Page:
The relationship between RA and the current condition is still unclear, although five of 13 cases the current authors' were cases of rheumatism, so there seems to be some causality. Advanced osteoporosis often occurs in cases of RA,20 and cases of RA may account for a large proportion of osteoporosis cases in which further collapse occurs. Or collapse may readily occur in cases of RA, or collapse may readily occur in cases in which steroids are used. In any event, the truth is unknown. Instances where problems such as the fracture of a vertebra at the ends of fixation and adjacent vertebrae occurred postoperatively were all cases of RA, so attention must be paid to the occurrence of complications for cases of RA.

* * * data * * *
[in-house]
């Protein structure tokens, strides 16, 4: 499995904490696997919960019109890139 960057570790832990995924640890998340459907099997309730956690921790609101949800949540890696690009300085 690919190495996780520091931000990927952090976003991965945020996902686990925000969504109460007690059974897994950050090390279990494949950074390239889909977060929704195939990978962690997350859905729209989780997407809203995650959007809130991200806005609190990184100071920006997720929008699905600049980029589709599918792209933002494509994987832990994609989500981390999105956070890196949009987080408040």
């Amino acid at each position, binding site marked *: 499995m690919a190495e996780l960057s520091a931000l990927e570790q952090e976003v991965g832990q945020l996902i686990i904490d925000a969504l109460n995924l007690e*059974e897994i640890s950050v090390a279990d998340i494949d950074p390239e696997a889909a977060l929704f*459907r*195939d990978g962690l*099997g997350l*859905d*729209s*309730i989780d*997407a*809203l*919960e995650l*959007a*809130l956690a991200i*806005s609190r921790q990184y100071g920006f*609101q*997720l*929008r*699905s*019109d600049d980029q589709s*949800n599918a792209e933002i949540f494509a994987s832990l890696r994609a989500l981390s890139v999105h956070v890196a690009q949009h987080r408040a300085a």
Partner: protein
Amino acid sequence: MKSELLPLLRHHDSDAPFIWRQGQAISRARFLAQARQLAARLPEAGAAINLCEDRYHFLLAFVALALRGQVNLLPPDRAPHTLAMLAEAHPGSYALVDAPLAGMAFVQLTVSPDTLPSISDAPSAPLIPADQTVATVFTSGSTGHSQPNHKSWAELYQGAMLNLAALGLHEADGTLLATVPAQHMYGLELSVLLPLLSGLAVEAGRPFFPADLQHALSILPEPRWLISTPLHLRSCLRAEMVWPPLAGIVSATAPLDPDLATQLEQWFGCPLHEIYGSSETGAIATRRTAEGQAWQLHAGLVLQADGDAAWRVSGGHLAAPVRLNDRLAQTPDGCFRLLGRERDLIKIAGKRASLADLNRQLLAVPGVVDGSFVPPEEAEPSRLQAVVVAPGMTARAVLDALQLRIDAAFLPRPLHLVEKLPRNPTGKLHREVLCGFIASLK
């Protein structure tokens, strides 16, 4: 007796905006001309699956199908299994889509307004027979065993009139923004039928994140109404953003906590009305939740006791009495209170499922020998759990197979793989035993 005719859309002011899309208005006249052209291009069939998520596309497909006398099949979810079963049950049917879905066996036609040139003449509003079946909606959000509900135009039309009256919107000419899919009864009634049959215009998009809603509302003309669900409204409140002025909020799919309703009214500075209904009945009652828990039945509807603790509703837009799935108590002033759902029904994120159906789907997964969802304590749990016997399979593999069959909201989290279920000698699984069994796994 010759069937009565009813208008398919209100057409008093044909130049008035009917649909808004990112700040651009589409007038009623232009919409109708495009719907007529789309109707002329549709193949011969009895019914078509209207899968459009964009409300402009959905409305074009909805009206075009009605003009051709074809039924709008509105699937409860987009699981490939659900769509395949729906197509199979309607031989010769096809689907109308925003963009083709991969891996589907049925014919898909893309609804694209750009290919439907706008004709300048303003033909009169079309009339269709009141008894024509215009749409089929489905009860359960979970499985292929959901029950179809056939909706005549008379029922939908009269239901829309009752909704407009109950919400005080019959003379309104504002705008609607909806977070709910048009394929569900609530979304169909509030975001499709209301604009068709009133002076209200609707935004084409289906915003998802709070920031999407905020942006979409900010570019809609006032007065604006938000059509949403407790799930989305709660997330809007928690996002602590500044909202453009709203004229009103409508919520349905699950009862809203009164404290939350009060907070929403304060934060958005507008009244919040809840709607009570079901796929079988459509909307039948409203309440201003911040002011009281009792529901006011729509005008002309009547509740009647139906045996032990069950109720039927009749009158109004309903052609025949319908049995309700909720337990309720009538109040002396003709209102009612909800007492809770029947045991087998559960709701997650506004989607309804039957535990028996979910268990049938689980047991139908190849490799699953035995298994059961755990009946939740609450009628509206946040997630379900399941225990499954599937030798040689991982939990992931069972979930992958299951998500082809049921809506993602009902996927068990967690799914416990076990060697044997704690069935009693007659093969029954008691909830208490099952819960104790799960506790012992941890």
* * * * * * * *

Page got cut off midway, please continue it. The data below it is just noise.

Surgical techniques to treat osteoporotic vertebral compression fractures cannot be considered a closed issue. Spinal surgery is highly invasive for the extreme elderly and may at times occasion serious complications. After carefully considering factors like the patient's general condition, severity of osteoporosis, extent of paralysis, and extent of spinal cord compression, fully informed consent should be obtained and surgery performed. In addition, development of appropriate procedures and adequate study of surgical results are required for the future.


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Saita, K., Hoshino, Y., Higashi, T. et al. Posterior spinal shortening for paraparesis following vertebral collapse due to osteoporosis. Spinal Cord 46, 16–20 (2008).

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  • spinal shortening
  • paraparesis
  • vertebral collapse
  • osteoporosis